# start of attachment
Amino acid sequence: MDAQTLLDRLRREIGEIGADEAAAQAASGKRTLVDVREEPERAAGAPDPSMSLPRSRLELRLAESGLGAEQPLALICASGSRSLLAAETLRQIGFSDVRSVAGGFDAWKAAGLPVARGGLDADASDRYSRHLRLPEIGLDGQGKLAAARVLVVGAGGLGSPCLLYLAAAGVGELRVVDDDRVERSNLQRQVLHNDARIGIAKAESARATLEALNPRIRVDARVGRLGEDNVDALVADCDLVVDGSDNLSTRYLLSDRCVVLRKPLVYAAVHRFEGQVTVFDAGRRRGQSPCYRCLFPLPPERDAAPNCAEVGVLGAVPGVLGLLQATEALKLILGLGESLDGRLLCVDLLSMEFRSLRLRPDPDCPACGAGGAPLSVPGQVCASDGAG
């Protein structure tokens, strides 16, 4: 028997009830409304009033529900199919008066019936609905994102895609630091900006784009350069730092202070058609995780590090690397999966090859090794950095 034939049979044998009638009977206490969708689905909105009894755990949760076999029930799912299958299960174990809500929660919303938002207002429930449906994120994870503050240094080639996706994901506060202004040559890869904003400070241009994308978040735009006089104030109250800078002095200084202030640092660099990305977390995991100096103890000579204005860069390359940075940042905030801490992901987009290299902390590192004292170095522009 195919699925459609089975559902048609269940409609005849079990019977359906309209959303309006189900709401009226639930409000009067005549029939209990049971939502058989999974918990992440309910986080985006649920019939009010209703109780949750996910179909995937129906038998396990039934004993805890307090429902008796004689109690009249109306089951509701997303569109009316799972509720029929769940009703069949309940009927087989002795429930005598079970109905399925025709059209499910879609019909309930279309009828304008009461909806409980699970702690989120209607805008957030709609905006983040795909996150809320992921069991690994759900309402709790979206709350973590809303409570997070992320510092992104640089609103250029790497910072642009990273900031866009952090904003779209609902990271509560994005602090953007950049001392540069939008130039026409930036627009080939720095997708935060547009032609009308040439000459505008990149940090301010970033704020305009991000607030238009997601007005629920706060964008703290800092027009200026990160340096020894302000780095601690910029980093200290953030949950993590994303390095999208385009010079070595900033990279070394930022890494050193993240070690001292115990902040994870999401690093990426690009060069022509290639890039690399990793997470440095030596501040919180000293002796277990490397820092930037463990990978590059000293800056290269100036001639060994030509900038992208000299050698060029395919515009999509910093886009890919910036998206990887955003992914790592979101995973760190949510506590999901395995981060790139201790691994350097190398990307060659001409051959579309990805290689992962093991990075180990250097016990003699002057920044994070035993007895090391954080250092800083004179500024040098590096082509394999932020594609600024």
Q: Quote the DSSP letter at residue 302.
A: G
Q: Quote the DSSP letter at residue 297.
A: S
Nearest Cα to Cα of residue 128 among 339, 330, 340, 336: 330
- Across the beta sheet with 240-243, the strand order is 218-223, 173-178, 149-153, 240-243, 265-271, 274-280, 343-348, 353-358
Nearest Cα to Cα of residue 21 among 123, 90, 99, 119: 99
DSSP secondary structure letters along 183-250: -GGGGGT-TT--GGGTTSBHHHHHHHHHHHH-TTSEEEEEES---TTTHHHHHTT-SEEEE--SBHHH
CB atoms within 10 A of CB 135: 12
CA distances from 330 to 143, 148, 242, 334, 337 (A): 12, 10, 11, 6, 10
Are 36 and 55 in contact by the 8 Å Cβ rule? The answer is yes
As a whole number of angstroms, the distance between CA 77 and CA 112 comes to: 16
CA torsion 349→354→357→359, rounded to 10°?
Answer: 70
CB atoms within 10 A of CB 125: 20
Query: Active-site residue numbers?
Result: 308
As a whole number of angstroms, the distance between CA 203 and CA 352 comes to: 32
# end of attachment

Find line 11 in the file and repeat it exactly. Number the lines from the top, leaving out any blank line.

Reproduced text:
CB atoms within 10 A of CB 135: 12